Wednesday, July 30, 2008

U.S. health care: paying more, getting less

Gershom Gorenberg calls attention to a recent report on the performance of our national healthcare system by the Commonwealth Fund.

The report shows that Americans pay a lot more but receive a lot less for health care compared to other countries. Gorenberg quotes the report as scoring the U.S. an overall 65 out of a possible 100 on 37 core indicators of performance well behind other Western nations. Additionally, access to health care declined from 2006 to 2008.

According to Gorenberg:
In what may be the most striking measure, the U.S. had the highest number of deaths that could have been prevented by care - 110 per 100,000. Portugal did better, and so did Greece. In “healthy life expectancy at age 60″ - meaning the number of healthy years you can still expect to live at that age - the U.S. was also close to the bottom. Infant mortality? In the U.S., the rate is 6.8 per 1,000 births, compared to 5.3 in Canada and 3.3 in Finland. The 10 healthiest states in the U.S. came had more infant deaths than Denmark, slightly less than Canada as a whole.

The Commonwealth Fund, alas, didn’t include Israel in its charts. So I emailed my friend Gary Ginsberg, health economist to the world, and asked him for some comparisons. His answers: The infant mortality rate in Israel is 3.9 per 1,000 - better than Denmark, worse than Finland. Sadly, health in Israel shows inequality - the picture is significantly worse for non-Jews. So the infant mortality rate for non-Jews is 6.7 - still better than the U.S. national average.

In Israel in 2002, a man had a healthy life expectancy 16.8 more years, a woman of 18.2 more years. In America, the matching figures were 15.3 years for men, 18.1 for women.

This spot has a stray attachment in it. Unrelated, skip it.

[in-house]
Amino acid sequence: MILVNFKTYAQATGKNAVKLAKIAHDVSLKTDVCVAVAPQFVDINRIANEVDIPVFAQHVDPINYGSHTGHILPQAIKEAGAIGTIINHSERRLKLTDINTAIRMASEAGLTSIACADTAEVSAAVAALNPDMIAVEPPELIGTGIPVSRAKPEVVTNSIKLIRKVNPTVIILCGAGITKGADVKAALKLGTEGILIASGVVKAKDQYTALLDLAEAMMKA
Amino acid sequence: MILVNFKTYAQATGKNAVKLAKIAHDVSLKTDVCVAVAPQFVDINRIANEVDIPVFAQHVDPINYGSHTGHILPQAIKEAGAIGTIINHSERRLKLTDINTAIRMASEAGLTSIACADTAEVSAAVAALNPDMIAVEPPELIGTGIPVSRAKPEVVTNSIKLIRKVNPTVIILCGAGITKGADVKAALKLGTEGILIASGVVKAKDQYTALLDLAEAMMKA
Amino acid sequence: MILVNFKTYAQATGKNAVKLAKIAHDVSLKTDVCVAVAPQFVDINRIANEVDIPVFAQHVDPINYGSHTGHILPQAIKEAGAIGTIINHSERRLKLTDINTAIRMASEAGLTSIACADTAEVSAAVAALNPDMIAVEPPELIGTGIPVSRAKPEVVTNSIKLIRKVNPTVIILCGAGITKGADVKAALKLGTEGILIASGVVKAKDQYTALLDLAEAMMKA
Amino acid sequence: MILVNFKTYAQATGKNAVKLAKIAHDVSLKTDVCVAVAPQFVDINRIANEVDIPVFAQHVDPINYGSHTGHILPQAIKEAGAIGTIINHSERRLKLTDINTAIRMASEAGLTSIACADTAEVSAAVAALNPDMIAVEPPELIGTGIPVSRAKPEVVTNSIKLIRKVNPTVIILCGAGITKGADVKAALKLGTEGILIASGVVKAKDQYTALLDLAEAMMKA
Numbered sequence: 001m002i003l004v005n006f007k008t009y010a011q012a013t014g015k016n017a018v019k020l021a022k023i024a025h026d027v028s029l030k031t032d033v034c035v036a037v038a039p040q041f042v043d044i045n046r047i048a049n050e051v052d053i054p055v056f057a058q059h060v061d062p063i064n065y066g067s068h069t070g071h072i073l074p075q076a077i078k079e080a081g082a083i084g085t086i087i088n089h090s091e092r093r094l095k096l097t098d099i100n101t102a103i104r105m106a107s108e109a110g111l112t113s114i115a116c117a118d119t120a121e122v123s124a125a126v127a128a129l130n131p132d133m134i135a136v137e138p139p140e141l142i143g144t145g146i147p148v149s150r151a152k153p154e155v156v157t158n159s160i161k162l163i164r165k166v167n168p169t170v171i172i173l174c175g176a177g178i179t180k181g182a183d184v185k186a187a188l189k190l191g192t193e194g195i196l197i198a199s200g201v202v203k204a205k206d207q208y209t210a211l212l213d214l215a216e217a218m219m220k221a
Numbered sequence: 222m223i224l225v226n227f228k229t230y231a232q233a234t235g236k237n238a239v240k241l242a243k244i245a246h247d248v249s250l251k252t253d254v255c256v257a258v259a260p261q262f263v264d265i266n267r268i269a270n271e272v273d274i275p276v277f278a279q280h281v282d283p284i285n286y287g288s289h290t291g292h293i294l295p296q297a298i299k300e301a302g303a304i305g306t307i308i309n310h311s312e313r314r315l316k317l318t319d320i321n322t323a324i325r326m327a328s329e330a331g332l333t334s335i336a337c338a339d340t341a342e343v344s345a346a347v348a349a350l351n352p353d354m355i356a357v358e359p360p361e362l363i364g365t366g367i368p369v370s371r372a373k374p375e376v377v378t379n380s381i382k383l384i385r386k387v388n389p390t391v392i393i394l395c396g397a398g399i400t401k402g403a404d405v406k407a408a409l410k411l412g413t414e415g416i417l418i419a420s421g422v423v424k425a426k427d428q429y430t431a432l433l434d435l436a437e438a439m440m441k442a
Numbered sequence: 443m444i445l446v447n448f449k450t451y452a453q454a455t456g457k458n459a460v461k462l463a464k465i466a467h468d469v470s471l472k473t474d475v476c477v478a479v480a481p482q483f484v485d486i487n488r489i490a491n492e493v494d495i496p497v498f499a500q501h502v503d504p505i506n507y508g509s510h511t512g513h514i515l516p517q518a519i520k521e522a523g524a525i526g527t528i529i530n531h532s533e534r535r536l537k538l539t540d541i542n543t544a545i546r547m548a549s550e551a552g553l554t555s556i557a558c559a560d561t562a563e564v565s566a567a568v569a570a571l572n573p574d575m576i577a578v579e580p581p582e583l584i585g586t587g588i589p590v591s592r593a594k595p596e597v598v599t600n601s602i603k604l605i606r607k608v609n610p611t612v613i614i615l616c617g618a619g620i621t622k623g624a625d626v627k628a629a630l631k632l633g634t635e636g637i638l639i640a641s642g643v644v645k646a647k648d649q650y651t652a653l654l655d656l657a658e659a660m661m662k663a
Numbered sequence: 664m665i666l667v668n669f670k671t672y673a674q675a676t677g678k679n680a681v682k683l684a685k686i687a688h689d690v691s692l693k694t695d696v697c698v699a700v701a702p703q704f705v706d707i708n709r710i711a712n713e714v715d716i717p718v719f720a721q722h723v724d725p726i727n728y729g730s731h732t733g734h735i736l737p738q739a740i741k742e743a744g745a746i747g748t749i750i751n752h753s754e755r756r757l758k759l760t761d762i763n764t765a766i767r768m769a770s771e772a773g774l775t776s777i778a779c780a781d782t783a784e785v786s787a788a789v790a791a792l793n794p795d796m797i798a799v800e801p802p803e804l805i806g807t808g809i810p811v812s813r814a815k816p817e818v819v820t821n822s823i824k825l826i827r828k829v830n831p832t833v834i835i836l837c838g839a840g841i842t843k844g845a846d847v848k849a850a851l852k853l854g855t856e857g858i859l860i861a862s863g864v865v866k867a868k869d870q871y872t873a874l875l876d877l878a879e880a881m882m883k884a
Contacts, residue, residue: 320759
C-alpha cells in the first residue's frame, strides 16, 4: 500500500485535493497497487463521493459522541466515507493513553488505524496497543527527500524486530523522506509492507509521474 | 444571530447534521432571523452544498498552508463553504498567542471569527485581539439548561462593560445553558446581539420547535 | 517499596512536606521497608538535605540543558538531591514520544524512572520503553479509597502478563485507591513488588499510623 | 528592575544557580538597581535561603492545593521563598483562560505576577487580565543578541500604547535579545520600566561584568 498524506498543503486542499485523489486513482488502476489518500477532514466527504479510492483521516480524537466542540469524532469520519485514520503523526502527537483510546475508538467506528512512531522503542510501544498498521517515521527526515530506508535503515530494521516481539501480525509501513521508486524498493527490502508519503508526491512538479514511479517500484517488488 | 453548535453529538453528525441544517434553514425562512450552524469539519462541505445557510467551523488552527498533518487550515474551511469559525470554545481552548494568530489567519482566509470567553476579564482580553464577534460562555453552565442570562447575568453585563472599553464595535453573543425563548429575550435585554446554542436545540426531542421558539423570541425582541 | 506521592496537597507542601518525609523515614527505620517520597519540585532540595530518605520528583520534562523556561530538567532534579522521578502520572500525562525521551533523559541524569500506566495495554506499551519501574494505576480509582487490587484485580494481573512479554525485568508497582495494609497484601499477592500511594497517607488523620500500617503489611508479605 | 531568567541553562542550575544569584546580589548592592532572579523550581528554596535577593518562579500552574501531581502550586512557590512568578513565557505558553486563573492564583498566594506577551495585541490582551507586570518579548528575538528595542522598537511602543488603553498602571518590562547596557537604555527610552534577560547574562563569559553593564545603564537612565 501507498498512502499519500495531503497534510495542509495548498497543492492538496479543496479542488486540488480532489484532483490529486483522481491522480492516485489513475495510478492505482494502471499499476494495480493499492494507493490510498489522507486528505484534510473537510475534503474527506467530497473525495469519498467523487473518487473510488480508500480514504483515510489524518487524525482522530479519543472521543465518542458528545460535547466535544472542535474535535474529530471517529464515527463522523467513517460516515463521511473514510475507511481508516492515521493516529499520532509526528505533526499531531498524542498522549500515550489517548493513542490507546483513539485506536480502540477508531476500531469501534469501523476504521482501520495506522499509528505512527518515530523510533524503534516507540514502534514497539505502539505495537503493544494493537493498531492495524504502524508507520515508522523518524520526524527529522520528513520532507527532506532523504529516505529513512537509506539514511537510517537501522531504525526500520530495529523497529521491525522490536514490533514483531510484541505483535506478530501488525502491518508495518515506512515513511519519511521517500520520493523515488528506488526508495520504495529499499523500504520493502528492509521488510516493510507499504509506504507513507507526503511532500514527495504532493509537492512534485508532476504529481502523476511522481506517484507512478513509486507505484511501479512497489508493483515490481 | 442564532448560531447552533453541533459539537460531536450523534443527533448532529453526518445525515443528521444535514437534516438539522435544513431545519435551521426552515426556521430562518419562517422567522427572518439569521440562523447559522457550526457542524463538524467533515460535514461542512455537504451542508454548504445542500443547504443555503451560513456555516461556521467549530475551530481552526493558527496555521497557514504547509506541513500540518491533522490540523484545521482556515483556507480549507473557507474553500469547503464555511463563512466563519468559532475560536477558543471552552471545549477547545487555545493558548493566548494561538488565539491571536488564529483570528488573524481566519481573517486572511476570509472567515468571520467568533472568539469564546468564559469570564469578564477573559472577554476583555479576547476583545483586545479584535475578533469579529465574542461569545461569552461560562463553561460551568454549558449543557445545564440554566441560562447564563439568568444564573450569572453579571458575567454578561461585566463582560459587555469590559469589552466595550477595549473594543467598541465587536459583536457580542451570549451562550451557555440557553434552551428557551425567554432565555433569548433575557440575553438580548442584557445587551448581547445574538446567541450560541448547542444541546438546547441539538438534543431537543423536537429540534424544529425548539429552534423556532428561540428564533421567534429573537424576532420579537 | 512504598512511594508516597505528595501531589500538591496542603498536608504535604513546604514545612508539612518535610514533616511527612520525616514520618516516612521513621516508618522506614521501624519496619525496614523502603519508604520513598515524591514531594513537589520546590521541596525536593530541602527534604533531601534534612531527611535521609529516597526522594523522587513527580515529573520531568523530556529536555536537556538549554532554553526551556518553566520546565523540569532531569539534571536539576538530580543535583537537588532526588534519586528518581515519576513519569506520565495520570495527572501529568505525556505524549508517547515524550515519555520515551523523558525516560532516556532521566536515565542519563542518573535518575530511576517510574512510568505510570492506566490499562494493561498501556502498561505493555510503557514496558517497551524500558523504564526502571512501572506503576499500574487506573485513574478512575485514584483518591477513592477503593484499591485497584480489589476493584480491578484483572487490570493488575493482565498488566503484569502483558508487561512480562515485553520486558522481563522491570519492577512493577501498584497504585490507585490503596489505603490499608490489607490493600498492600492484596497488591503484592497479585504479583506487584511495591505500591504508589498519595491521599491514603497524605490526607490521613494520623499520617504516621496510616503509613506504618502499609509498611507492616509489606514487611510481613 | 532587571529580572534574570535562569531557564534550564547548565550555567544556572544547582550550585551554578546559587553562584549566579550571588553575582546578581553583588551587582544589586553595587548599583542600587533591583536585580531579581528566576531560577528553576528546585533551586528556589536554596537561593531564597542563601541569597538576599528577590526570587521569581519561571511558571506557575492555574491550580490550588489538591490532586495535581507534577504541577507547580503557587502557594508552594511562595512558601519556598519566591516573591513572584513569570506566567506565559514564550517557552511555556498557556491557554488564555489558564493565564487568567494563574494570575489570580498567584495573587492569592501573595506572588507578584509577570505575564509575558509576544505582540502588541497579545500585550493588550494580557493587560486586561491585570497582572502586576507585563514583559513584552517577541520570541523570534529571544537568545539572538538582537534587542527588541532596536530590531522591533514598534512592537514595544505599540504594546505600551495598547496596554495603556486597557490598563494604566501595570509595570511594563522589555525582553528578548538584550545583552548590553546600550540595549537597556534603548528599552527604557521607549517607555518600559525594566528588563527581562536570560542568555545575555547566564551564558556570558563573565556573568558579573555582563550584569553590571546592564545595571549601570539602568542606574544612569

The reason for these differences is pretty obvious: The United States, an underdeveloped country, lacks universal, socialized medical care. The free market flunks at health care. The invisible hand marks up the cost and provides shoddy goods.

Ah, but some well-off Americans might protest: Those pesky figures are for everyone in a country. If you are insured and well-off in America you will live longer and better because of the fabulous hospitals, the incredible techniques.

The incidental evidence is poor on that as well. Check this from the New York Times today: American doctors put in artificial joints that have already proven flawed and that wouldn’t be used in other countries - because the other countries have a national registry that reveals problems quickly, and the U.S. doesn’t. Skip all the arguments about exactly why the U.S. doesn’t. They boil down to: no national health care system. The free market is good at giving you expensive care, not necessarily good care.
You can read Gorenberg’s entire piece here. You can read the report here.

1 comment:

Comrade Kevin said...

And when there's a whole class of people without insurance who forgo needed procedures--even simply thinks like having cavities filled or even having their teeth cleaned, because of the expense, this further emphasizes the point.